Similarly, a child who is afraid of falling off a bicycle, or afraid of going on a sleep-over date or away to camp, or, in later years, afraid of driving a car, will be encouraged by everyone to confront those fears rather than retreat into a way of living that may be more comfortable initially, but will terribly limit life and in the long run allow those fears to persist. There are, indeed, people who never learn how to drive a car.

The various anxiety disorders are treated with a program of graduated exposure to the fearful situation. An adult afraid of snakes, for example, is treated very much like the child who is afraid of dogs—exposure to the snakes a little at a time, closer and closer, over and over again. Agoraphobia, the most common and debilitating kind of phobia, is really a fear of the panic attack, which comes on unpredictably when patients are in a situation from which they cannot exit—or think they cannot exit. They not only have to go into those phobic situations repeatedly, they have to experience the panic attack over and over again in order to come to believe finally that it is only a feeling and will not lead to loss of control. If someone is afraid of bridges, no one would say, “Well, then, stay off bridges.” Everyone recognizes that the proper approach is to go on bridges over and over again, until they are no longer frightening. But, of course, when the bridge phobic first goes on to a bridge, his/her anxiety level goes up! No one regards that as too high a price to pay for getting over the phobia. Nobody expects that fear to stay at an elevated level with more experience.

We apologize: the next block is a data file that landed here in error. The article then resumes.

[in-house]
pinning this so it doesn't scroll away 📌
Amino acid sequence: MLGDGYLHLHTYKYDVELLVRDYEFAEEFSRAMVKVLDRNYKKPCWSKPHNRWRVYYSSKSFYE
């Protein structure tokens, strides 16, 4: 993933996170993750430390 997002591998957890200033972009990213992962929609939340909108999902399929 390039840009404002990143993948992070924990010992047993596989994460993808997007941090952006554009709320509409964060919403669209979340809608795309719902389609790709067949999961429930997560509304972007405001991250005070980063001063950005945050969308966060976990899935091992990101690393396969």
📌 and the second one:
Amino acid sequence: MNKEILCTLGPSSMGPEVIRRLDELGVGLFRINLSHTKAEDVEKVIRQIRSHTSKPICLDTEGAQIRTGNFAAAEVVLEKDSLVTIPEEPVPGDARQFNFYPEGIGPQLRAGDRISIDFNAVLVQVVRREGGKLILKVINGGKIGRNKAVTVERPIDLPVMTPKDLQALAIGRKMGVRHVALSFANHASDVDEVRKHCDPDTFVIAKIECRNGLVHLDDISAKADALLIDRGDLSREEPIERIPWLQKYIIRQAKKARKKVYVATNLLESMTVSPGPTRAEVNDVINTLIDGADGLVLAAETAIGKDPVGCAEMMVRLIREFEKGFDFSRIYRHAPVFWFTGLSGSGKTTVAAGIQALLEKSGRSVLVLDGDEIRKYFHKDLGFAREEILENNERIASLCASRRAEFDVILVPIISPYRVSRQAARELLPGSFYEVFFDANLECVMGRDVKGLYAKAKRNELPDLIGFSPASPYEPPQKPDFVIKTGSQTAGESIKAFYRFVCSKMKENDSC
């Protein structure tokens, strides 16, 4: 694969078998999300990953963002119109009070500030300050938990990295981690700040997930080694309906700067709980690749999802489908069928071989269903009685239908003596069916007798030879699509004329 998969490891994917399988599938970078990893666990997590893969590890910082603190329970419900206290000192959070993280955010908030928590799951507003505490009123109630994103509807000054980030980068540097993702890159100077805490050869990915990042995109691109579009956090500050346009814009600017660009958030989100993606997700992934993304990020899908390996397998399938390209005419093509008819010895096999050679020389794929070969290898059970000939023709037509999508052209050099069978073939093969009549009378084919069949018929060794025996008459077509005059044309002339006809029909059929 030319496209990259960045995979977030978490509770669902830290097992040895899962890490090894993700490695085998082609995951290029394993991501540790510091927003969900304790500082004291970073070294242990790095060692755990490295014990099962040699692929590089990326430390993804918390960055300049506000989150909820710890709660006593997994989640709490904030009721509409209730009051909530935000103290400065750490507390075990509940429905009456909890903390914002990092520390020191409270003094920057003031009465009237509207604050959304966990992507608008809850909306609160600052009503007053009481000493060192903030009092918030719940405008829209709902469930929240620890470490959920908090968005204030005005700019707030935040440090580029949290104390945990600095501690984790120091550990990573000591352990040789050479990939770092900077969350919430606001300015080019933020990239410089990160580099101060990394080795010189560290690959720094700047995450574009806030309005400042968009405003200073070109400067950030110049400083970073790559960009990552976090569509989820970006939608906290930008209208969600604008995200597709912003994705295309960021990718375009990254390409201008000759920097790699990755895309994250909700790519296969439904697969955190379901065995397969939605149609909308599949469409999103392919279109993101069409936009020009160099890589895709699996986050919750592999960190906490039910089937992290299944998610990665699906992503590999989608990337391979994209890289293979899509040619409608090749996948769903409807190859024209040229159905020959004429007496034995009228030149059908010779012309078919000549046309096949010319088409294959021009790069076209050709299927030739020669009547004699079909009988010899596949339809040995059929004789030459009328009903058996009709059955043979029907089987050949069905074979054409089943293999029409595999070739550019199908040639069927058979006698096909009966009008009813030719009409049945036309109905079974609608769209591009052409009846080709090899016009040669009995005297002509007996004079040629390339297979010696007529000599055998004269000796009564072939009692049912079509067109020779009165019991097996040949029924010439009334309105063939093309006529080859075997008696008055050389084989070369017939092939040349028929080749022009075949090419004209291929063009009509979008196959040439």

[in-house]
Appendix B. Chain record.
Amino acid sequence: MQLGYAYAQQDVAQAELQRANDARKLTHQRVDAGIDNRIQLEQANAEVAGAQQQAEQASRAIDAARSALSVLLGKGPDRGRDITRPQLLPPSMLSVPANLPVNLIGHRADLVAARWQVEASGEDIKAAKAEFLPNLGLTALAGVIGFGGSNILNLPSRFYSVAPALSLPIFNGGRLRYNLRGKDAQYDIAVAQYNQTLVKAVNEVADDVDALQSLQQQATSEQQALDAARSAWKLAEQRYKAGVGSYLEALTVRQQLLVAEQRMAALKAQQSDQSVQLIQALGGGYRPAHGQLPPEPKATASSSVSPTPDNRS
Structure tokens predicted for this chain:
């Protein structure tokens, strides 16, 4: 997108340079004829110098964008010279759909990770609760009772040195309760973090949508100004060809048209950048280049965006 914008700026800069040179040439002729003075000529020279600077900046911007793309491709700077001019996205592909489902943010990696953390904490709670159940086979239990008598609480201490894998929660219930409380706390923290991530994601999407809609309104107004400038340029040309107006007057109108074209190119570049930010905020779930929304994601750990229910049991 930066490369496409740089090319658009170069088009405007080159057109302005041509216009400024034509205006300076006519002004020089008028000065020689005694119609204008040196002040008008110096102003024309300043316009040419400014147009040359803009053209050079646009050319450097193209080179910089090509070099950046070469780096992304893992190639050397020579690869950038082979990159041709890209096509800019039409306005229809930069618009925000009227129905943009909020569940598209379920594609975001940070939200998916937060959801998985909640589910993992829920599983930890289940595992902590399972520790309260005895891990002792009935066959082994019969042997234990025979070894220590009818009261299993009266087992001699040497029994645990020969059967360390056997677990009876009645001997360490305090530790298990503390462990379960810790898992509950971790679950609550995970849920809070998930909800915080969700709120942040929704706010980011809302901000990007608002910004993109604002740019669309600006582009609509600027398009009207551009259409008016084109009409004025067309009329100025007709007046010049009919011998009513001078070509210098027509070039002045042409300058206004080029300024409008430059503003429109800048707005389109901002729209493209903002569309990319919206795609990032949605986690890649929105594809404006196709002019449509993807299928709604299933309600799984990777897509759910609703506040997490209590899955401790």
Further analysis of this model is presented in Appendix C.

The treatment for obsessive-compulsive disorder (ODC) is called “exposure and response prevention.” The patient is helped to confront whatever is upsetting to him or her—let’s say germs—without being permitted to avoid the accompanying shuddery feeling by washing or in any other way escaping that feeling. With time, the feeling, and the urge to avoid that set of circumstances, will go away. But initially, when the patient’s hands are covered with dirt, the anxious, shuddery feeling gets worse.